1. War is contrary to the will of God. While the use of violent force may, at times, be a necessity of last resort, Christ pronounces his blessing on the peacemakers. We look for political leaders who will make peace with justice a top priority and who will actively seek nonviolent solutions to conflict.
2. God calls us to live in communities shaped by peace and cooperation. We reject policies that abandon large segments of our inner city and rural populations to hopelessness. We look for political leaders who will re-build our communities and bring an end to the cycles of violence and killing.
3. God created us for each other, and thus our security depends on the well being of our global neighbors. We look for political leaders for whom a foreign policy based on cooperation and global justice is an urgent concern.
4. God calls us to be advocates for those who are most vulnerable in our society. We look for political leaders who yearn for economic justice and who will seek to reduce the growing disparity between rich and poor.
5. Each human being is created in the image of God and is of infinite worth. We look for political leaders who actively promote racial justice and equal opportunity for everyone.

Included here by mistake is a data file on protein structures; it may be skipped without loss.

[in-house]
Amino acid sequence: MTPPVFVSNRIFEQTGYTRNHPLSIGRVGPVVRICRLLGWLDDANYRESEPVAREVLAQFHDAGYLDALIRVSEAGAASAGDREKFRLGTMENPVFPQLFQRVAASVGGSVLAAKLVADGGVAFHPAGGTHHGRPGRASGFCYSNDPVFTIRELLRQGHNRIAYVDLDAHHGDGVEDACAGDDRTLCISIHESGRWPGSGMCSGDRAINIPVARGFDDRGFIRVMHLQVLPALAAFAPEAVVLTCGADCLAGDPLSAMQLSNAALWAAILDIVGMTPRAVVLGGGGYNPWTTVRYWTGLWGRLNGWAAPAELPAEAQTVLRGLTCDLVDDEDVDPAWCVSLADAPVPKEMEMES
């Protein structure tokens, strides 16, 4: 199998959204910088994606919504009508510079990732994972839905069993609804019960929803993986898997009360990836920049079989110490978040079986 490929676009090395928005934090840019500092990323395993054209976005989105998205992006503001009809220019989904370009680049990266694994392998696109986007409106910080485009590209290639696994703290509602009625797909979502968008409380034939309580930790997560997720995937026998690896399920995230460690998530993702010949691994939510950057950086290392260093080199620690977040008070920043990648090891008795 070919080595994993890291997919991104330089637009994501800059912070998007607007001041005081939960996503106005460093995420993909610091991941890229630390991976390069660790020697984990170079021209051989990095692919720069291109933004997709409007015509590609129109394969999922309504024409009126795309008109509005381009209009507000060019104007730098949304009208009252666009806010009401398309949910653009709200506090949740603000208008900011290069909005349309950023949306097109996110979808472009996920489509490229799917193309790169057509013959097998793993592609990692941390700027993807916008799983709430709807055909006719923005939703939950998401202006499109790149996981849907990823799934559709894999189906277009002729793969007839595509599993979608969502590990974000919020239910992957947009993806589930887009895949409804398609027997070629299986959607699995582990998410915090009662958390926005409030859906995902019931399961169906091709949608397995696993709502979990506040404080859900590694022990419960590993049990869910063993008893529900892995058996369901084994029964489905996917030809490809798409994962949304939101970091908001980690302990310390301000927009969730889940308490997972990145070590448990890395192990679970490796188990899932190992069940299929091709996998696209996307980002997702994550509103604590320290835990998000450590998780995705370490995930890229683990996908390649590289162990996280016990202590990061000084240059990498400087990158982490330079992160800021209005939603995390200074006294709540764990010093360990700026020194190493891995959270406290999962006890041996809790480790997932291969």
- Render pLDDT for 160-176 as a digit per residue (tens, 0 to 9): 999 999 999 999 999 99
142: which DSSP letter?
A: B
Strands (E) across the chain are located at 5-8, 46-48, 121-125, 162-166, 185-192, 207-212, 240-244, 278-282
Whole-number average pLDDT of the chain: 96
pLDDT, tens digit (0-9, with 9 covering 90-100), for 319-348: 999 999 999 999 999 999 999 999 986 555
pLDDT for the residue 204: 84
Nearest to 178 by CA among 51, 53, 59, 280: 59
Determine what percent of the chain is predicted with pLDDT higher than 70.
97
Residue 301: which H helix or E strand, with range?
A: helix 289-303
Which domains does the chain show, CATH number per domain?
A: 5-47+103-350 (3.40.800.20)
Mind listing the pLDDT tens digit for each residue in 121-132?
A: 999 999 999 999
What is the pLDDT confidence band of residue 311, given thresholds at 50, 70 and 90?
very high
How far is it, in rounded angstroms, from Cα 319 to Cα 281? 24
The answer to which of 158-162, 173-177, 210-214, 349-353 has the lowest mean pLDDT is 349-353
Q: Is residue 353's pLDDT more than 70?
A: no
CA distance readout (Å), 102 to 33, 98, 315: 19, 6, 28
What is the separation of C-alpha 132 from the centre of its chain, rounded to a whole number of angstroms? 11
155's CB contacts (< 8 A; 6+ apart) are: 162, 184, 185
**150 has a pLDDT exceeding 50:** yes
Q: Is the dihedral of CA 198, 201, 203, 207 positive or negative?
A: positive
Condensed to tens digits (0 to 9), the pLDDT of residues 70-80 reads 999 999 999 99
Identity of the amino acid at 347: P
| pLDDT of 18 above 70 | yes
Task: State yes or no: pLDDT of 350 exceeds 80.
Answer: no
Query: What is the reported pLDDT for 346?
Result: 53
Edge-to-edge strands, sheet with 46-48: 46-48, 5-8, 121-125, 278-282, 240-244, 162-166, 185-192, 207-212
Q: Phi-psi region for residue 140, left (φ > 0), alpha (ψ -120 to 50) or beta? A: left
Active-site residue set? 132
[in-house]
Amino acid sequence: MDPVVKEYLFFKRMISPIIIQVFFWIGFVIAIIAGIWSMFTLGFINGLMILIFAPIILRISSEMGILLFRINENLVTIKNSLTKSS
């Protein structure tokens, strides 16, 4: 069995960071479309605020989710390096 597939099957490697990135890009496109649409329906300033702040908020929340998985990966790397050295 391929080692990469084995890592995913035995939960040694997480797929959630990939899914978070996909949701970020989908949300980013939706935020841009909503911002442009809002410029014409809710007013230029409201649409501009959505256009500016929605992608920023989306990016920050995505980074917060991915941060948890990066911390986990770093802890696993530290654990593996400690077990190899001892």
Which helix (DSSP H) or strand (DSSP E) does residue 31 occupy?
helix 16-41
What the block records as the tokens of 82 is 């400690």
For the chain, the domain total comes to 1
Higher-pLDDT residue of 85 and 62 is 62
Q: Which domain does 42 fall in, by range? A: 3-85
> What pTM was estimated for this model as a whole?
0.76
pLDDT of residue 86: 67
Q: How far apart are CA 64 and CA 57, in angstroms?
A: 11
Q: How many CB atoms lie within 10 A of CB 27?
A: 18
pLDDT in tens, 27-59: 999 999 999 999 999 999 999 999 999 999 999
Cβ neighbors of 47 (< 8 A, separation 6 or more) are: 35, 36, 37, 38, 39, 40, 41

6. The earth belongs to God and is intrinsically good. We look for political leaders who recognize the earth's goodness, champion environmental justice, and uphold our responsibility to be stewards of God’s creation.
7. Christians have a biblical mandate to welcome strangers. We look for political leaders who will pursue fair immigration policies and speak out against xenophobia.
8. Those who follow Christ are called to heal the sick. We look for political leaders who will support adequate, affordable and accessible health care for all.
9. Because of the transforming power of God’s grace, all humans are called to be in right relationship with each other. We look for political leaders who seek a restorative, not retributive, approach to the criminal justice system and the individuals within it.